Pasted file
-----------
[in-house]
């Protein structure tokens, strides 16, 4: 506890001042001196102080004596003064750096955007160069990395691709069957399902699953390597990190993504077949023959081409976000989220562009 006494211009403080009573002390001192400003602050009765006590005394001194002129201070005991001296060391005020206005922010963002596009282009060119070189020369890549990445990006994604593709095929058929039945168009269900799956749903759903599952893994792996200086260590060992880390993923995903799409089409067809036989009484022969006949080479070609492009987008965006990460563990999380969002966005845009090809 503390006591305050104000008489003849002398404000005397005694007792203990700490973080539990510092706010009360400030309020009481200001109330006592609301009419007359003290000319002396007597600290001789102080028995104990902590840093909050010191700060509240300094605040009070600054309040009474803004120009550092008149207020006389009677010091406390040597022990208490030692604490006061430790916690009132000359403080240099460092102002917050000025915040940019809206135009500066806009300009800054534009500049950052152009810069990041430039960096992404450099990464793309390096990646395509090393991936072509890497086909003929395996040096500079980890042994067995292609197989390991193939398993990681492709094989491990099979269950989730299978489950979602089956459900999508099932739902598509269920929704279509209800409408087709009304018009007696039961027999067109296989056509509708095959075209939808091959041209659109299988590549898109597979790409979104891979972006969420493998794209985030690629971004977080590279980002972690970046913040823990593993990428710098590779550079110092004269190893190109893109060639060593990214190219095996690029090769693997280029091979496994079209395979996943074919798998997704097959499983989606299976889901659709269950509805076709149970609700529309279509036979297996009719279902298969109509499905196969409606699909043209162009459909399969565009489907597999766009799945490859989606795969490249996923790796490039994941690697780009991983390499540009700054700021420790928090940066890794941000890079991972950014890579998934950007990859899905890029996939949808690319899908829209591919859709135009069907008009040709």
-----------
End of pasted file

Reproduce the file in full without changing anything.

[in-house]
């Protein structure tokens, strides 16, 4: 506890001042001196102080004596003064750096955007160069990395691709069957399902699953390597990190993504077949023959081409976000989220562009 006494211009403080009573002390001192400003602050009765006590005394001194002129201070005991001296060391005020206005922010963002596009282009060119070189020369890549990445990006994604593709095929058929039945168009269900799956749903759903599952893994792996200086260590060992880390993923995903799409089409067809036989009484022969006949080479070609492009987008965006990460563990999380969002966005845009090809 503390006591305050104000008489003849002398404000005397005694007792203990700490973080539990510092706010009360400030309020009481200001109330006592609301009419007359003290000319002396007597600290001789102080028995104990902590840093909050010191700060509240300094605040009070600054309040009474803004120009550092008149207020006389009677010091406390040597022990208490030692604490006061430790916690009132000359403080240099460092102002917050000025915040940019809206135009500066806009300009800054534009500049950052152009810069990041430039960096992404450099990464793309390096990646395509090393991936072509890497086909003929395996040096500079980890042994067995292609197989390991193939398993990681492709094989491990099979269950989730299978489950979602089956459900999508099932739902598509269920929704279509209800409408087709009304018009007696039961027999067109296989056509509708095959075209939808091959041209659109299988590549898109597979790409979104891979972006969420493998794209985030690629971004977080590279980002972690970046913040823990593993990428710098590779550079110092004269190893190109893109060639060593990214190219095996690029090769693997280029091979496994079209395979996943074919798998997704097959499983989606299976889901659709269950509805076709149970609700529309279509036979297996009719279902298969109509499905196969409606699909043209162009459909399969565009489907597999766009799945490859989606795969490249996923790796490039994941690697780009991983390499540009700054700021420790928090940066890794941000890079991972950014890579998934950007990859899905890029996939949808690319899908829209591919859709135009069907008009040709």